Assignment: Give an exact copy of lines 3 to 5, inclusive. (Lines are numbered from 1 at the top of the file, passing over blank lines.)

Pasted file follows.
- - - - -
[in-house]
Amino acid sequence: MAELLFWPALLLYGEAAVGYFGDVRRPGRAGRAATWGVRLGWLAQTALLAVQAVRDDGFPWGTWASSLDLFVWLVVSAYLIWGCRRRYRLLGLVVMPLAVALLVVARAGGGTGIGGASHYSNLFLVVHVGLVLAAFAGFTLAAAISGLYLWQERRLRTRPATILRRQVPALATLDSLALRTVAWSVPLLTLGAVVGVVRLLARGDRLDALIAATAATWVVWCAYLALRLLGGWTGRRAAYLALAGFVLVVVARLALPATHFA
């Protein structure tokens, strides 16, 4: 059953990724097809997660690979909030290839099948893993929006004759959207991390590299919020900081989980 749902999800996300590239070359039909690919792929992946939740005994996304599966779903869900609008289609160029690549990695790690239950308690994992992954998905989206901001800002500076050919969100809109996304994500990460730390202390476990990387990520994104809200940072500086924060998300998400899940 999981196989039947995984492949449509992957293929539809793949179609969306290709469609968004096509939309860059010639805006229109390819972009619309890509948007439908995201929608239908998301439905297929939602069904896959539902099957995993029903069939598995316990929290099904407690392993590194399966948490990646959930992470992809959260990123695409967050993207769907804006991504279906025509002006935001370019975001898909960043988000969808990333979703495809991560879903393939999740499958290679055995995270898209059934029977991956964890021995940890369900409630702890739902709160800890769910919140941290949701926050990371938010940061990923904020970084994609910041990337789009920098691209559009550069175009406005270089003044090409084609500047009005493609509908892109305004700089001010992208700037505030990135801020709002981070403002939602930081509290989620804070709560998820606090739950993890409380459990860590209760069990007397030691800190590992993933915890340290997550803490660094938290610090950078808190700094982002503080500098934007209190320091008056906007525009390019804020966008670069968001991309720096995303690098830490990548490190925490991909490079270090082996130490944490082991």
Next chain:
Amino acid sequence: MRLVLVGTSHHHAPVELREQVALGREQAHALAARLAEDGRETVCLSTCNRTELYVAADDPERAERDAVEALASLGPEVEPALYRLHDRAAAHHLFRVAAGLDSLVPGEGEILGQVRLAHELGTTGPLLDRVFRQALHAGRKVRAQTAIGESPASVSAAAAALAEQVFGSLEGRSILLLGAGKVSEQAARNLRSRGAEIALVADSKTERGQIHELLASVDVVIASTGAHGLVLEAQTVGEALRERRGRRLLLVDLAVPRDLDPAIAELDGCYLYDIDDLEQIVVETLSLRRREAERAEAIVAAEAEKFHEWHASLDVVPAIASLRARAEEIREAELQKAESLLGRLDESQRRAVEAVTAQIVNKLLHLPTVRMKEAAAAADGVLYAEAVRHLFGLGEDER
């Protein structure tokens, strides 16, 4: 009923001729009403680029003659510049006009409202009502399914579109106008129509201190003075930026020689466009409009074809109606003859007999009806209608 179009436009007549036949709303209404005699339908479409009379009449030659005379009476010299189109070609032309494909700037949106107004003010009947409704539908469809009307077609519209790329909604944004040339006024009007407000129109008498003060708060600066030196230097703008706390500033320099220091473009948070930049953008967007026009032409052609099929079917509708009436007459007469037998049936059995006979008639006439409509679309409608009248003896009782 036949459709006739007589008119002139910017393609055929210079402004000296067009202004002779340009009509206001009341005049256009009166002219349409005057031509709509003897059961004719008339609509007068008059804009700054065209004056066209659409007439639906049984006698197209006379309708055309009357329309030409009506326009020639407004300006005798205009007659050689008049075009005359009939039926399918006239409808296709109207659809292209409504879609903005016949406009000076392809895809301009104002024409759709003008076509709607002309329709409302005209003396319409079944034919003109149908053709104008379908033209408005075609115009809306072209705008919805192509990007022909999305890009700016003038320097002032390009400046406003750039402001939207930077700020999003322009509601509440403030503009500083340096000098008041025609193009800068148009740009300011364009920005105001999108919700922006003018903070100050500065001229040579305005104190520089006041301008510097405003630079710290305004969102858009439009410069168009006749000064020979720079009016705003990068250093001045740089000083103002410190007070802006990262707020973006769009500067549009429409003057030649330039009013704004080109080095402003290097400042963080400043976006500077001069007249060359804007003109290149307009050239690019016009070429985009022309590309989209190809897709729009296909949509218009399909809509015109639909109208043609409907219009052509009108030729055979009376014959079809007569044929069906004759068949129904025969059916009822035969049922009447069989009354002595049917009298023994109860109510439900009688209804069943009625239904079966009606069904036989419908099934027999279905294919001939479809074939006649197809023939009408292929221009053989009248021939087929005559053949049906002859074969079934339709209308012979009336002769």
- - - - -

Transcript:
């Protein structure tokens, strides 16, 4: 059953990724097809997660690979909030290839099948893993929006004759959207991390590299919020900081989980 749902999800996300590239070359039909690919792929992946939740005994996304599966779903869900609008289609160029690549990695790690239950308690994992992954998905989206901001800002500076050919969100809109996304994500990460730390202390476990990387990520994104809200940072500086924060998300998400899940 999981196989039947995984492949449509992957293929539809793949179609969306290709469609968004096509939309860059010639805006229109390819972009619309890509948007439908995201929608239908998301439905297929939602069904896959539902099957995993029903069939598995316990929290099904407690392993590194399966948490990646959930992470992809959260990123695409967050993207769907804006991504279906025509002006935001370019975001898909960043988000969808990333979703495809991560879903393939999740499958290679055995995270898209059934029977991956964890021995940890369900409630702890739902709160800890769910919140941290949701926050990371938010940061990923904020970084994609910041990337789009920098691209559009550069175009406005270089003044090409084609500047009005493609509908892109305004700089001010992208700037505030990135801020709002981070403002939602930081509290989620804070709560998820606090739950993890409380459990860590209760069990007397030691800190590992993933915890340290997550803490660094938290610090950078808190700094982002503080500098934007209190320091008056906007525009390019804020966008670069968001991309720096995303690098830490990548490190925490991909490079270090082996130490944490082991």
Next chain:
Amino acid sequence: MRLVLVGTSHHHAPVELREQVALGREQAHALAARLAEDGRETVCLSTCNRTELYVAADDPERAERDAVEALASLGPEVEPALYRLHDRAAAHHLFRVAAGLDSLVPGEGEILGQVRLAHELGTTGPLLDRVFRQALHAGRKVRAQTAIGESPASVSAAAAALAEQVFGSLEGRSILLLGAGKVSEQAARNLRSRGAEIALVADSKTERGQIHELLASVDVVIASTGAHGLVLEAQTVGEALRERRGRRLLLVDLAVPRDLDPAIAELDGCYLYDIDDLEQIVVETLSLRRREAERAEAIVAAEAEKFHEWHASLDVVPAIASLRARAEEIREAELQKAESLLGRLDESQRRAVEAVTAQIVNKLLHLPTVRMKEAAAAADGVLYAEAVRHLFGLGEDER